More often than not, the biggest companies are the ones embroiled in the biggest rows. From Starbucks and its well-publicised tax avoidance to, more recently, PR giant Bell Pottinger and the South Africa scandal, big names are constantly called out on their shortcomings and shortcuts.
So what is the difference between the companies that weather the storm, and the ones that crumble?
It’s all about the brand.
McDonald’s workers in Crayford and Cambridge went on strike last week to protest the company’s use of zero-hour contracts. The action, over an issue much-discussed following Labour’s promise to scrap zero-hour work in their election campaign, had the potential to significantly damage McDonald’s reputation.
But it didn’t. McDonald’s have worked hard to push their brand in a more positive direction this year, with a renewed focus on the improved quality and sustainability of its meals. Add to this the rejuvenation of many McDonald’s restaurants – with wooden accents and new tech giving them an organic and thoroughly modern feel – and it is unsurprising that the brand is still standing strong now the storm has passed.
People like McDonald’s and Starbucks, and they want to be able to continue liking them. Both companies have become symbolic emblems of modern consumer culture, and the public’s faith in their image and their offerings means that a scandal will often be acknowledged, but swiftly overlooked.
Bell Pottinger, on the other hand, is not doing so well. Recent events have seen many employees flee fearing the reputation-ruining backlash, and the media has quickly seized upon the fact that the agency has always represented clients that nobody else wanted to touch with a barge pole, anyway. Since its founding in 1957, Bell Pottinger’s brand identity has been built upon a reputation for taking on chequered clients that sparked controversy: the likes of Oscar Pistorius post-murder charge, and Syria’s first lady, Asma al-Assad. Bell Pottinger’s employees have recently called out the company’s toxic culture; its insistence on treading so close to the line is what has seen it crumble over the last week, with little hope of redevelopment.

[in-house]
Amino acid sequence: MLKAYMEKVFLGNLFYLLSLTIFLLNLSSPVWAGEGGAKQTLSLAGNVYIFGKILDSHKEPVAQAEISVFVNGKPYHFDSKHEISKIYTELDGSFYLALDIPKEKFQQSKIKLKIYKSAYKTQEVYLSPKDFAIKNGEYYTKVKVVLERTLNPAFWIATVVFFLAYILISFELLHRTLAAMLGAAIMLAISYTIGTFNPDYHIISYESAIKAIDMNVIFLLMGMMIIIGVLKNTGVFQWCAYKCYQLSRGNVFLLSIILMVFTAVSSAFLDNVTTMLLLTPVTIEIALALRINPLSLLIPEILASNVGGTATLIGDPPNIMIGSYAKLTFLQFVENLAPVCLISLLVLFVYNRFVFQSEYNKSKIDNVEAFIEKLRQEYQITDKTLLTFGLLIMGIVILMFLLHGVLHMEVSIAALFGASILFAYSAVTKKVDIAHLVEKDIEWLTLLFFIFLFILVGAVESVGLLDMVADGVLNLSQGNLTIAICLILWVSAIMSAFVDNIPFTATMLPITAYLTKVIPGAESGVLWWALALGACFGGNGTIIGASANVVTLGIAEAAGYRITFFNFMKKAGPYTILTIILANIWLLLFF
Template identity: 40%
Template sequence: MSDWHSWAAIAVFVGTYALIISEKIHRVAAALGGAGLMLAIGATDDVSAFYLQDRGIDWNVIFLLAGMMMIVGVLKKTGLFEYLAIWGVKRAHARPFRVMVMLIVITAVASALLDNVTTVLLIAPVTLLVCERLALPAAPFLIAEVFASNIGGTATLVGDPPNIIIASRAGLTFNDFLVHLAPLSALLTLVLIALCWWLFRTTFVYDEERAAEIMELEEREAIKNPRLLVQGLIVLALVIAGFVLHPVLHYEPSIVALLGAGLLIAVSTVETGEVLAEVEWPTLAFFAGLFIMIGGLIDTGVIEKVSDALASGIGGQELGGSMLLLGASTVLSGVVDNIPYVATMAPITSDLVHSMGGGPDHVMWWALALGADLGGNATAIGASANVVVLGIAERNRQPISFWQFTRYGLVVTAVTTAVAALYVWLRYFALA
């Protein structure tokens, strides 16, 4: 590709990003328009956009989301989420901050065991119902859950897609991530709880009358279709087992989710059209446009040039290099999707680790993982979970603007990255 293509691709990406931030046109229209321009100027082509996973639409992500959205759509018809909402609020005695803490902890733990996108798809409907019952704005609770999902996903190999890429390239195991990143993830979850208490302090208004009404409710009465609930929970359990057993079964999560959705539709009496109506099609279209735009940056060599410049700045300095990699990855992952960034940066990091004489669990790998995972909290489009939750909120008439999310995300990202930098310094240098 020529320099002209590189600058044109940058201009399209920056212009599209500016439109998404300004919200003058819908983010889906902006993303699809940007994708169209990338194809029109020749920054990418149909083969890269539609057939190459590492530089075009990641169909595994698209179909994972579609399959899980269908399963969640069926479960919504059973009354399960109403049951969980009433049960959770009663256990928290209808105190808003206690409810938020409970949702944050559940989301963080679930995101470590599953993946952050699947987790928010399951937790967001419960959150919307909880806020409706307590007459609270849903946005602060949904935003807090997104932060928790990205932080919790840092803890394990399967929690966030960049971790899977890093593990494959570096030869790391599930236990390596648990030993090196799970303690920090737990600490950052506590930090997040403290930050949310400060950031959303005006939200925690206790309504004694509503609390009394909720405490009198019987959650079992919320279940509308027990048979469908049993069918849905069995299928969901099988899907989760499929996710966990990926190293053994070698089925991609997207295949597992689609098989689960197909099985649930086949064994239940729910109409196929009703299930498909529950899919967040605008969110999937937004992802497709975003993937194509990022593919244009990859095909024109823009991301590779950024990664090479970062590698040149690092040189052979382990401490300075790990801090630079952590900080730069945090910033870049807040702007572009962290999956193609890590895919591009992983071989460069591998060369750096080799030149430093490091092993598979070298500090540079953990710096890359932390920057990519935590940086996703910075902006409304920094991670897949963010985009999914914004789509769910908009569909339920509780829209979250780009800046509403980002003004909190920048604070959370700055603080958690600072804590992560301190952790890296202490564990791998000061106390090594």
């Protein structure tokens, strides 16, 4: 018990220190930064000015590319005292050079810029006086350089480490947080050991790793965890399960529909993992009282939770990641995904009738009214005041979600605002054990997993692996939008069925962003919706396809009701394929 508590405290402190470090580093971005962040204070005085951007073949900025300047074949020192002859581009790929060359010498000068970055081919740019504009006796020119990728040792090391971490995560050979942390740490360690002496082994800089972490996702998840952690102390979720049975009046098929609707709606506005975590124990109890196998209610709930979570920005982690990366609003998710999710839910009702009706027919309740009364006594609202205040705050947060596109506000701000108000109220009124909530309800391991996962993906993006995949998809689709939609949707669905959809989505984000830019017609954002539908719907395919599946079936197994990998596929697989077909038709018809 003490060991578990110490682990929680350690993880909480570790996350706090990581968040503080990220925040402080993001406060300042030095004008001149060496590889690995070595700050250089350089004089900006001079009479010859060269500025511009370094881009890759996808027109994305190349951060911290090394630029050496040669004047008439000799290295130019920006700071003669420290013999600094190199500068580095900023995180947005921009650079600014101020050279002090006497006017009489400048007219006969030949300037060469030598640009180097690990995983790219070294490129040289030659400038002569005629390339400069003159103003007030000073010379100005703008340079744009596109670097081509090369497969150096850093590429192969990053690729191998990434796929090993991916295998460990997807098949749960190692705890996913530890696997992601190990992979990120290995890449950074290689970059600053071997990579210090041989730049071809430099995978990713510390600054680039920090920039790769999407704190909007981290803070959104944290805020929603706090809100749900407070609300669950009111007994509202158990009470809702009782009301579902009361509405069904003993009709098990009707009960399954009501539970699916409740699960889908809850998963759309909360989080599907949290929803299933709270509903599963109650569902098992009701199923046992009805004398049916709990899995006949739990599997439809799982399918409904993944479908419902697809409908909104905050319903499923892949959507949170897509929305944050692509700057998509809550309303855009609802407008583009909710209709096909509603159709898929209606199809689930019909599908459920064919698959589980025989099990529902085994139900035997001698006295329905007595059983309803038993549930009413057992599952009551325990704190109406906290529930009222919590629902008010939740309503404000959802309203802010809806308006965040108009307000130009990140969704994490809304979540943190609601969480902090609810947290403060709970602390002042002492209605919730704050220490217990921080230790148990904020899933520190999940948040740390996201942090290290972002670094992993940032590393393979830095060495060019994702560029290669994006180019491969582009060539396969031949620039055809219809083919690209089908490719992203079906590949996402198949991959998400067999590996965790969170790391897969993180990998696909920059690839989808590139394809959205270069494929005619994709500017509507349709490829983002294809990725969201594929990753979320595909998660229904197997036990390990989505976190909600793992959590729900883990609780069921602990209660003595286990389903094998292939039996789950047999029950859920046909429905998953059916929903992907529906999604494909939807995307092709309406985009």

Brand perception is everything, and will save you or ruin you. There are few redeeming qualities about Bell Pottinger’s brand identity that will incite the sympathy or loyalty of the public; other than the number of employees that may lose their jobs should the agency fold. McDonald’s on the other hand – a household name with a relatively wholesome and reliable reputation – would be harder to take down. Bell Pottinger filled a niche in the PR market, yet the lack of public confidence in their brand means they are unlikely to be thrown a lifeline in their time of need.
Imagine the worst PR crisis your business could suffer, and reflect on whether your brand identity as it stands could take the heat. If the answer is no, it’s time to get strategising.
Amit Jay Shah is the CEO of HIROLA Group.